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The Necessary Death of Charlie Countryman

Year: 2014
Production Co: MediaPro Pictures
Director: Fredrik Bond
Writer: Matt Drake
Cast: Shia Lebeouf, Evan Rachel Wood, Mads Mikkelsen, Rupert Grint, James Buckley, Vincent D'Onofrio, Melissa Leo, John Hurt

The early talk about this movie was that it defies genres. Boiling it down as far as it'll go reveals a romance thriller, but there's indeed a lot more going on, including snatches of comedy and even ghost stories.

After saying goodbye to his mother (Melissa Leo) at her deathbed, Charlie Countryman (Shia Lebouf, looking weedier and greasier than we've ever seen him) sits in the hospital corridor with no idea what do to now she's gone. His mother duly turns up, sitting beside him and telling him, for some reason, to go to Bucharest.

So Charlie jumps on a plane, making friends with the middle aged man sitting beside him and listening to his stories about his daughter. But when the man dies midflight, Charlie seeks the daughter, Gabi (Wood, doing a passable but Hollywood-Eastern-European accent) out to give her his father's final message in broken Romanian.

With no plans or place to go in Bucharest (the running joke about him being there instead of Budapest pops up more than once), Charlie finds himself drawn to the beautiful young woman, who seems to like him too. But as he finds a home in a decrepit hostel with two drug-obsessed English blokes (Rupert Grint and The Inbetweeners' James Buckley), he has a hard time avoiding Gabi's violent ex, Nigel (Mads Mikkelsen).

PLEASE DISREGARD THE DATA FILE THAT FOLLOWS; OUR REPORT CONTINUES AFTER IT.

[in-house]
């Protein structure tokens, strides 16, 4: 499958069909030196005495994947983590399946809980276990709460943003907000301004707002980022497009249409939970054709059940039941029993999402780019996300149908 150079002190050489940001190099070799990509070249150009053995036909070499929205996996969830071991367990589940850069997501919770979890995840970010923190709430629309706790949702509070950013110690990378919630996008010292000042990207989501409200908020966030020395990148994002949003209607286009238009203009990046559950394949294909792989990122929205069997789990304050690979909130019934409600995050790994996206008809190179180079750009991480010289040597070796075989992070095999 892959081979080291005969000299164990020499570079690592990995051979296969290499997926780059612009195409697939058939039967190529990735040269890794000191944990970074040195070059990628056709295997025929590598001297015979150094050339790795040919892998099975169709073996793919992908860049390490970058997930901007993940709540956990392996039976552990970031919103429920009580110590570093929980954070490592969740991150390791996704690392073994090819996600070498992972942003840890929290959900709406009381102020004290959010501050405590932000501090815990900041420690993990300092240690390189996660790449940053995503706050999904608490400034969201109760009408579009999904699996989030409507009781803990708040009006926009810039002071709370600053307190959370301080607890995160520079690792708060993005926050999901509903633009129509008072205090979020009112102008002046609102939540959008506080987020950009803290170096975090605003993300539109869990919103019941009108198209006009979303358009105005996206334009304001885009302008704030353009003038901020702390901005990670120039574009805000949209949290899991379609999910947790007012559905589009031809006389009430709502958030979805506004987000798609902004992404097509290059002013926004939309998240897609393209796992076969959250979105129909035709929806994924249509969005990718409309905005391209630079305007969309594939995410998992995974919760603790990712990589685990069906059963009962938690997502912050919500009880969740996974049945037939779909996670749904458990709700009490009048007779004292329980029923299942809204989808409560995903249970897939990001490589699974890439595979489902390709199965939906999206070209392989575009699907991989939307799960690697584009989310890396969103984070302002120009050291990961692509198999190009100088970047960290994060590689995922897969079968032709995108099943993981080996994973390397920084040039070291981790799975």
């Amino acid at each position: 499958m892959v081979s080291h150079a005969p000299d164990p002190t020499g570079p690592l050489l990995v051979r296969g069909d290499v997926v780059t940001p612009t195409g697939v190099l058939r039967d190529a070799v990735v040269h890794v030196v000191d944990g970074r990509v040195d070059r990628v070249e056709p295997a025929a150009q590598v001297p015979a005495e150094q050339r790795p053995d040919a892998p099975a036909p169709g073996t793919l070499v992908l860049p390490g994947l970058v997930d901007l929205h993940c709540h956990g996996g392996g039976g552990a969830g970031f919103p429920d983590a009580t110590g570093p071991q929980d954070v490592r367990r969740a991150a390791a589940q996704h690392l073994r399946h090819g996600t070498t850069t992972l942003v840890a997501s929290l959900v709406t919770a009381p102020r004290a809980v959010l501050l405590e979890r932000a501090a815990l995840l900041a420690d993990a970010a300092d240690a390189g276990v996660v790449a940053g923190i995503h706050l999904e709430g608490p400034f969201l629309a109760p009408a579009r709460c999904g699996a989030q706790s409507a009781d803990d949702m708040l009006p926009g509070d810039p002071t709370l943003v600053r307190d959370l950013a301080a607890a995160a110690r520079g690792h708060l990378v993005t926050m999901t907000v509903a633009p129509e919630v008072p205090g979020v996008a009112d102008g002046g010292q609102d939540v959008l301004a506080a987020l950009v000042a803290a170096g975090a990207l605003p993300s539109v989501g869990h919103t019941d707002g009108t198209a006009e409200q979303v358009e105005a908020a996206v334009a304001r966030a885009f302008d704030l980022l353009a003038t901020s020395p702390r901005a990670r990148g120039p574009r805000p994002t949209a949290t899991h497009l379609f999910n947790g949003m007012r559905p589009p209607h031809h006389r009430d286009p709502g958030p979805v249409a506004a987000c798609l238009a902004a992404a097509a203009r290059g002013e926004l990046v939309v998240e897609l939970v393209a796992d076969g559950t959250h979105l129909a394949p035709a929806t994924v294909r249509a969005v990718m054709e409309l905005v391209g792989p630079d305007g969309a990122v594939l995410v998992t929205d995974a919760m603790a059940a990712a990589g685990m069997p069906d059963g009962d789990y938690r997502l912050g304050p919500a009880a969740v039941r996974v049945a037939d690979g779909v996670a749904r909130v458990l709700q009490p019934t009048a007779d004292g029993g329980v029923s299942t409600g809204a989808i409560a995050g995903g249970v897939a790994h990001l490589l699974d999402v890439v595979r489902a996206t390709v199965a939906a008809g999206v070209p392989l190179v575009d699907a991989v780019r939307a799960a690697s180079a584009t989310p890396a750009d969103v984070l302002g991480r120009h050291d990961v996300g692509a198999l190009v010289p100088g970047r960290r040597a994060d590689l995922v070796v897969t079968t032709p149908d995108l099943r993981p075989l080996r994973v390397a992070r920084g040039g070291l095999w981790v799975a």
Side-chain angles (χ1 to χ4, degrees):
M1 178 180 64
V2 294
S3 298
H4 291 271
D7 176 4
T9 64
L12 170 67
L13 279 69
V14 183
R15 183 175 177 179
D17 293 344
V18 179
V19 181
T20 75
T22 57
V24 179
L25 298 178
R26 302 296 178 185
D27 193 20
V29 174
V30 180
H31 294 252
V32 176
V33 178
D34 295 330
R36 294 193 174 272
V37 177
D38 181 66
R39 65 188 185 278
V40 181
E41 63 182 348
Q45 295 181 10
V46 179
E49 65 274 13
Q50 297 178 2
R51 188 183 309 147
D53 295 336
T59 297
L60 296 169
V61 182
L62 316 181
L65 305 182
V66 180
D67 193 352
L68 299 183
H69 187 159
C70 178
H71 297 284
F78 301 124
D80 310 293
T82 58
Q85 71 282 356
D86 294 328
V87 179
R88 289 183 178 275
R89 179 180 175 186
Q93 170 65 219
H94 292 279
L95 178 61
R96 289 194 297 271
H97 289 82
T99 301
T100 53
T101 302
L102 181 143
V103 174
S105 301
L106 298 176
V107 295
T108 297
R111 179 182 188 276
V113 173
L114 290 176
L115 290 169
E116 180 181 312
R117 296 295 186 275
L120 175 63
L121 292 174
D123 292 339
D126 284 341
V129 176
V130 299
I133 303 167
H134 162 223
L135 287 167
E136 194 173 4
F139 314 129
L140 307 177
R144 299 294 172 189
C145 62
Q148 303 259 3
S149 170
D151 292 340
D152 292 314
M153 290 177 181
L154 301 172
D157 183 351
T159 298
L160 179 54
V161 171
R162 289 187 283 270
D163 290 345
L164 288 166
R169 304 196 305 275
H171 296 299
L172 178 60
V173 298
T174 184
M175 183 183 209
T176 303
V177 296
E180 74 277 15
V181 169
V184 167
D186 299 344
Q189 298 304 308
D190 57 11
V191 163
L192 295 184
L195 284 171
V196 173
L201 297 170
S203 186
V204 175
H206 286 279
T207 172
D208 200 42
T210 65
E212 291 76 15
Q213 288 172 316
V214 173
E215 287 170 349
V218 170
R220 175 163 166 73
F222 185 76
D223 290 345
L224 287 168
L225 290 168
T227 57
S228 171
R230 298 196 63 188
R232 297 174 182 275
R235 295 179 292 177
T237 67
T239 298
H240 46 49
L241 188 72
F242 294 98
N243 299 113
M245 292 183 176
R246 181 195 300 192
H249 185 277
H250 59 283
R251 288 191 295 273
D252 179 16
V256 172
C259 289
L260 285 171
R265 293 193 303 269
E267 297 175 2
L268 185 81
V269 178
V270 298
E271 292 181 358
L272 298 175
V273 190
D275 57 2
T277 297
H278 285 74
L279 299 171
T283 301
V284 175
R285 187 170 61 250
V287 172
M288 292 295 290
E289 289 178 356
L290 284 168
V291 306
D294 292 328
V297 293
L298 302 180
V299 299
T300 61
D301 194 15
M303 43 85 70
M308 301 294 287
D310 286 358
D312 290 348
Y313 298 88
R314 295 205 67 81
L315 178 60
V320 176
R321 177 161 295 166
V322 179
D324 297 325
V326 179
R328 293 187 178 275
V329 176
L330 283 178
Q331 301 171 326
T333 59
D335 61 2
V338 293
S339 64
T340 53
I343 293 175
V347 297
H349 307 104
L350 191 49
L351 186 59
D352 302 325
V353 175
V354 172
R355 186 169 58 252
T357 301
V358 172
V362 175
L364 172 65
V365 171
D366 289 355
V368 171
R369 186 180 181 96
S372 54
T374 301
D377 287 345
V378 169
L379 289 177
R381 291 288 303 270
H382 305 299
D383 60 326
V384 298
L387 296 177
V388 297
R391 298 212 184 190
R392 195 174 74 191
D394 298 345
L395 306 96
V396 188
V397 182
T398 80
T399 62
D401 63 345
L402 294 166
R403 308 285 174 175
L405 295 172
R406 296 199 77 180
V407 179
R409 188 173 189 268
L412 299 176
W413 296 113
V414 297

As he and Gabi become more embroiled in the unlawful goings-on surrounding Gabi's ex, Charlie finds himself losing her to Nigel's magnetic and threatening pull, and his feelings drive him to fight for her no matter how dangerous it gets.

The plot is fairly all over the place, the narrative further muddied by a sense of style that almost overwhelms everything else. There are some nice ideas, but nothing too distinctive, and if you take away all the slick alt-indie ambience, it's be a thousand other boy meets girl stories.

And spare a thought for poor Rupert Grint. After choices like Wild Target, CBGB and Into The White, he hasn't had a single successful (or particularly good) movie post-Potter.

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